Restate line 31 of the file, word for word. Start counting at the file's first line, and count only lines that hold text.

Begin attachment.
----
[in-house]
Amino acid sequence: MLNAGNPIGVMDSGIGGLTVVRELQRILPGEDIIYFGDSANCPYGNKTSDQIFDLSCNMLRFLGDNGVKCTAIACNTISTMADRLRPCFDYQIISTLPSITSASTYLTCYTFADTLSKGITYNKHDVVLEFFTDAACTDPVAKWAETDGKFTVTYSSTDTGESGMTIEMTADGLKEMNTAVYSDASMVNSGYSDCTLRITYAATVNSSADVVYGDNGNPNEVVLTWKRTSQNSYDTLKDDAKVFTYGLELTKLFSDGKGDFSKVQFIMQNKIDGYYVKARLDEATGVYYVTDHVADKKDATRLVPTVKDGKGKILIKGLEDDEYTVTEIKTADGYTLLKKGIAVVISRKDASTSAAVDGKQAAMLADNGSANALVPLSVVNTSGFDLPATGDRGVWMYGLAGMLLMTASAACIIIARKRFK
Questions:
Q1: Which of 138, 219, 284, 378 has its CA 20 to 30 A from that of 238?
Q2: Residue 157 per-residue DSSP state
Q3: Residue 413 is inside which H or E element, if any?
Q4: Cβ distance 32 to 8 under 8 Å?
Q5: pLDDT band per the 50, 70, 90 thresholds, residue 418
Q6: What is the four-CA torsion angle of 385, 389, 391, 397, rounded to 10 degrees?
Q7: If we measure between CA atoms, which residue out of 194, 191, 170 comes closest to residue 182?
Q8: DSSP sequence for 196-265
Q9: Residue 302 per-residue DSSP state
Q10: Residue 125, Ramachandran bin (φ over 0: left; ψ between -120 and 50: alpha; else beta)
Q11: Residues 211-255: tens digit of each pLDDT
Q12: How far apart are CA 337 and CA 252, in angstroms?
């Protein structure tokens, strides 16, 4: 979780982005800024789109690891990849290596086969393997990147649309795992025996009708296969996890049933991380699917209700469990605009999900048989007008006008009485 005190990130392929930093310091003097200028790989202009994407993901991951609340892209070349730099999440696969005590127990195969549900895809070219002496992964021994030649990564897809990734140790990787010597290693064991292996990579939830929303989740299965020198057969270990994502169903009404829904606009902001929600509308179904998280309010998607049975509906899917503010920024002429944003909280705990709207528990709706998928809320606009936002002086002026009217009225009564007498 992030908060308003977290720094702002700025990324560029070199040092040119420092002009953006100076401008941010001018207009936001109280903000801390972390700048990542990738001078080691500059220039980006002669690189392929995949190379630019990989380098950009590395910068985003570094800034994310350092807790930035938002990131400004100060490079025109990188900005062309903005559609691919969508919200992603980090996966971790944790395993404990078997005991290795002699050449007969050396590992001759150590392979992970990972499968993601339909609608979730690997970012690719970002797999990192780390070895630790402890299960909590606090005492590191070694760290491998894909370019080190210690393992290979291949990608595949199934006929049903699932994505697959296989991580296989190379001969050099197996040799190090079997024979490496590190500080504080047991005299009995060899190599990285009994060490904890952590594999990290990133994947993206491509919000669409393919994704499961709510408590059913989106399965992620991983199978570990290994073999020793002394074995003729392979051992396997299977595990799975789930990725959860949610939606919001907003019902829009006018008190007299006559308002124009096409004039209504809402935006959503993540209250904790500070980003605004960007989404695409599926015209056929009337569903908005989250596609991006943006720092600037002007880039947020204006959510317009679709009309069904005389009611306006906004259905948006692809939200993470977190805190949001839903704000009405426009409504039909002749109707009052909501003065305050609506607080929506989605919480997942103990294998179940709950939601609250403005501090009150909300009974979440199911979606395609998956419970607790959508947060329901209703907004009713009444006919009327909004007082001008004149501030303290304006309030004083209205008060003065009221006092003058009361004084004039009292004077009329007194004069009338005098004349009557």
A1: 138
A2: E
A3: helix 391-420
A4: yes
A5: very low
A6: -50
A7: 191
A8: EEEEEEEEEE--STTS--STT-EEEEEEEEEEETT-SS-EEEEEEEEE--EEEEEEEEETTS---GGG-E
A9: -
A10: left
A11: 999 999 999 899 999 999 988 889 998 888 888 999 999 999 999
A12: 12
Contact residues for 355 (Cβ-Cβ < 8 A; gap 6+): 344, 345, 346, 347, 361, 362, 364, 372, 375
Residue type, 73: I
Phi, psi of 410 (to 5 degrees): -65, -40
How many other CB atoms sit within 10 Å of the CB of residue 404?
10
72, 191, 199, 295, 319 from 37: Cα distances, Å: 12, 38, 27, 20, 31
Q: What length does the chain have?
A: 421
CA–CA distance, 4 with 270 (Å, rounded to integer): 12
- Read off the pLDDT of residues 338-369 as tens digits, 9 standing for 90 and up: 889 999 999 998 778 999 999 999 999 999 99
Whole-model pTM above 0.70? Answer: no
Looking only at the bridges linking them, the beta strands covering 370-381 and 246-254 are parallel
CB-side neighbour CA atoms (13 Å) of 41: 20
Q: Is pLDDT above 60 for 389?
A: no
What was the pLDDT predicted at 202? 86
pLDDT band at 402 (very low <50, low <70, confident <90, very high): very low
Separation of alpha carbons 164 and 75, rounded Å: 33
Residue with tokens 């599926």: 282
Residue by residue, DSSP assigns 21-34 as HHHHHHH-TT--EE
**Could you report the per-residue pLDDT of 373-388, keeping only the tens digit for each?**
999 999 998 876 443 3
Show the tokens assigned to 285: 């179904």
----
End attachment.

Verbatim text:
Phi, psi of 410 (to 5 degrees): -65, -40